What went wrong?
Let’s take a look at the snags that AI teams encountered in rogue AI stories.
Microsoft introduced Tay to Twitter in order to let it learn from a much wider audience, so it could later provide a more personalized — and positive — experience to users. Then someone thought it would be amusing to make a post on 4chan, an anonymous online bulletin board, encouraging users to inundate the still-learning AI’s profile with malicious language. The trolls abused Tay’s “Repeat after me” function, which makes Tay echo anything it was told, including racist and sexist remarks. Tay learned the context of these words, picked up the attitude, and went on to offend other human Twitter users. Microsoft claimed that they had built safety nets for system abuses and stress-tested the bot, but they did not foresee what a specific, coordinated attack could do to Tay.
In Amazon’s recruitment AI initiative, the resumes submitted as training data to the algorithm were dominantly male — a disproportion that still exists today — so the algorithm interpreted it to mean that males were preferred for technical jobs. The algorithm itself was not sexist, but it did what it was told to: use insights from historical data to make recommendations about candidate talent profiles.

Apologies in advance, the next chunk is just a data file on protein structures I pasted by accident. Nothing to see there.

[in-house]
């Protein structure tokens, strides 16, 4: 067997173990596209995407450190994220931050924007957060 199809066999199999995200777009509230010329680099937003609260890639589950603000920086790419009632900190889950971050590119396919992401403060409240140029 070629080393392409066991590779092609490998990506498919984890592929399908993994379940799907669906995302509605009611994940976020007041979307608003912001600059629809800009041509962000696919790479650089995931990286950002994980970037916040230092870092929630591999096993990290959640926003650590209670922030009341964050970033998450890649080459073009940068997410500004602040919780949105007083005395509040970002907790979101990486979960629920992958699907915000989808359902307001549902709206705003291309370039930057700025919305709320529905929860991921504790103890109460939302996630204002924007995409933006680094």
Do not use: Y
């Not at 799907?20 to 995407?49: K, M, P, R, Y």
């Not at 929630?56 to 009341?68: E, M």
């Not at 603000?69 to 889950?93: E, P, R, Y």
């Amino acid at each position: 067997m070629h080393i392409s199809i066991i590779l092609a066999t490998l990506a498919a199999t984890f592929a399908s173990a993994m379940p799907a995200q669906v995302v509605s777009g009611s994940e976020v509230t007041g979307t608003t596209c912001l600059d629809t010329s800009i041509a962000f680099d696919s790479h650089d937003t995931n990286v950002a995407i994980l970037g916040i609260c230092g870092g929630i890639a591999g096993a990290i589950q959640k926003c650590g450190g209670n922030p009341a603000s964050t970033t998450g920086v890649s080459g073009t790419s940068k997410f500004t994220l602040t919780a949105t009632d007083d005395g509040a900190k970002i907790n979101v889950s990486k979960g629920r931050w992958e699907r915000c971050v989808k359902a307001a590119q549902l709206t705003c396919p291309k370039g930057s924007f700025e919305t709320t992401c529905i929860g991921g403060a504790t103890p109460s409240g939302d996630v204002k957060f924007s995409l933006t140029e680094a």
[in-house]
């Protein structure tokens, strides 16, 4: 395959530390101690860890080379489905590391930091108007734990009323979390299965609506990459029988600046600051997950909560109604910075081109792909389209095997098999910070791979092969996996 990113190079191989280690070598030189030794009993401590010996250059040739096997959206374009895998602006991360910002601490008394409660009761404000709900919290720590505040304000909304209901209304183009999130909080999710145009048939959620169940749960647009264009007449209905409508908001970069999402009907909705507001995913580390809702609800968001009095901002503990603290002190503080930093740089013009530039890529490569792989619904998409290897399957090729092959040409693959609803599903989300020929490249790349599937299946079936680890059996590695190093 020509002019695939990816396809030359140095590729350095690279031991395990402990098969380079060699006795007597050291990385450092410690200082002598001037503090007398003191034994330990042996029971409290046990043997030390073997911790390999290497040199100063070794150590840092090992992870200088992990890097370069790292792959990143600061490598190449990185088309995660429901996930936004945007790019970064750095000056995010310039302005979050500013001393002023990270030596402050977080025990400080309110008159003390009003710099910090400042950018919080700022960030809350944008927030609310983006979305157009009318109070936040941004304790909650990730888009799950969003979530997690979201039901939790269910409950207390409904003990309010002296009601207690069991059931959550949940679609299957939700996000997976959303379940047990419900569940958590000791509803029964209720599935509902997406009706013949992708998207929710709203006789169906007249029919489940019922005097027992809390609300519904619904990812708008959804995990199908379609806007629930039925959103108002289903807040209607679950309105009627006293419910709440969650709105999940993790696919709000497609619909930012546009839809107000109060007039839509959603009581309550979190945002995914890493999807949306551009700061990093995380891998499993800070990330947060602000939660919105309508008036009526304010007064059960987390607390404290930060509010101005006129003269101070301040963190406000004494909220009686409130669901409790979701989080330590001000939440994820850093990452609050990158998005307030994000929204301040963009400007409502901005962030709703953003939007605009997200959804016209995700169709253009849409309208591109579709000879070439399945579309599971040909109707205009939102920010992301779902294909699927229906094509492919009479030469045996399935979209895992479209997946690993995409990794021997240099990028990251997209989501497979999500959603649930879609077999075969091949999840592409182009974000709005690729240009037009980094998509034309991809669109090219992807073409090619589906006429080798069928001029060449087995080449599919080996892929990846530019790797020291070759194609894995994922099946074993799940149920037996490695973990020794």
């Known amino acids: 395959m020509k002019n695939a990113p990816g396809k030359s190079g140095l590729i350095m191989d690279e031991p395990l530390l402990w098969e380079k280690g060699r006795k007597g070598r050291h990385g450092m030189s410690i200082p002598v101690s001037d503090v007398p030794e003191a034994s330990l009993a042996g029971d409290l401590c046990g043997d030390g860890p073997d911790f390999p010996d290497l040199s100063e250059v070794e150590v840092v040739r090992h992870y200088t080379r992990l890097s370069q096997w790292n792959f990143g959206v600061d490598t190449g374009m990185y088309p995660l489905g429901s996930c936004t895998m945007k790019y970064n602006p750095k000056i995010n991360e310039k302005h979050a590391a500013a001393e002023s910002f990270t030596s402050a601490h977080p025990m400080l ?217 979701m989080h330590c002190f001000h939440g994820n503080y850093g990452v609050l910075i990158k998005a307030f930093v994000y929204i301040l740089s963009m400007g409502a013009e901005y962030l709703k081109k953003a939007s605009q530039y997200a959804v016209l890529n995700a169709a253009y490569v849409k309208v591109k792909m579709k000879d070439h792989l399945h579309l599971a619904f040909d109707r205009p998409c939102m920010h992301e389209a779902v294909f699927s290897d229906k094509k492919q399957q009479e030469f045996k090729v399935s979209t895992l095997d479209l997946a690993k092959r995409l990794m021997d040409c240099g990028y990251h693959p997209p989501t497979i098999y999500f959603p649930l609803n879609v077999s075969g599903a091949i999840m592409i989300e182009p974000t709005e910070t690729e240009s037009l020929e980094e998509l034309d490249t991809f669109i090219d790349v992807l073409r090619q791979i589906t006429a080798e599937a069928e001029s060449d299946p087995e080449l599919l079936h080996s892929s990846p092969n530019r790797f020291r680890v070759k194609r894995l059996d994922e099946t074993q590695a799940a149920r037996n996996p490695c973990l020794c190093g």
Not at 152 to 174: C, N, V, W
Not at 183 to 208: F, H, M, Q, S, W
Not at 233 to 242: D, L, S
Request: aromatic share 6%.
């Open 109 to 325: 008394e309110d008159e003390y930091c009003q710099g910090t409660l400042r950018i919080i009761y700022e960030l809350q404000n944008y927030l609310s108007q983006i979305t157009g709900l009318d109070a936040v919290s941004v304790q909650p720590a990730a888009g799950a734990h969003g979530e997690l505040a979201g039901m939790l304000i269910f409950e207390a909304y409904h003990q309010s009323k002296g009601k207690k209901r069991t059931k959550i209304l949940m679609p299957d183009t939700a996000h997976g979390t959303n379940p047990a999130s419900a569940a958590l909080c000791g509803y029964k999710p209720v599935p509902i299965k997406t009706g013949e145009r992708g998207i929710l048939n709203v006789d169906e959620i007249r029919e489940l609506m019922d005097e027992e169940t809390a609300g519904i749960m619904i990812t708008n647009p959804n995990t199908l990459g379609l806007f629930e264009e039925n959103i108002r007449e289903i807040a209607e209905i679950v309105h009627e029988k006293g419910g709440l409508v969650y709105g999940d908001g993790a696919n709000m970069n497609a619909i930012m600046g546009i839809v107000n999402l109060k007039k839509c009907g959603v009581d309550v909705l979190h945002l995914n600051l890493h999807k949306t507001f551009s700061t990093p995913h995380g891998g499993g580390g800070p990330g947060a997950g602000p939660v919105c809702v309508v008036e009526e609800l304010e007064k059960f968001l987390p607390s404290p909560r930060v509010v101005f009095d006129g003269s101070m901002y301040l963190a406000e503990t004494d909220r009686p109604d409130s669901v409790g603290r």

How about Facebook’s negotiator AI agents? According to Facebook, the agents were rewarded based on the deals they made. The agents learned to determine which of its past actions led to a successful outcome. They were not, however, rewarded for negotiating in English. And so they developed a way to communicate that is similar to how humans use shorthand language.
Can we keep AI from going rogue?
Going rogue implies that the entity doing so is self-aware. That it would intentionally defy the order it was given. In the above examples, none of the big tech AIs actually disobeyed their creators. They were just doing their jobs — perhaps a little too well.
Still, it’s not difficult to imagine a team of highly intelligent scientists losing control of their creation. Contemplating AI-gone-rogue scenarios goes way back, decades before the first episode of Black Mirror. In 1942, Isaac Asimov, science fiction writer, was among the first to publish a set of rules to deflect a potential AI disaster. In Asimov’s Three Laws of Robotics, he says: 1. A robot should not harm humans; 2. A robot should obey humans, without contradicting the first law; and 3. A robot should protect itself, without contradicting law 1 or 2.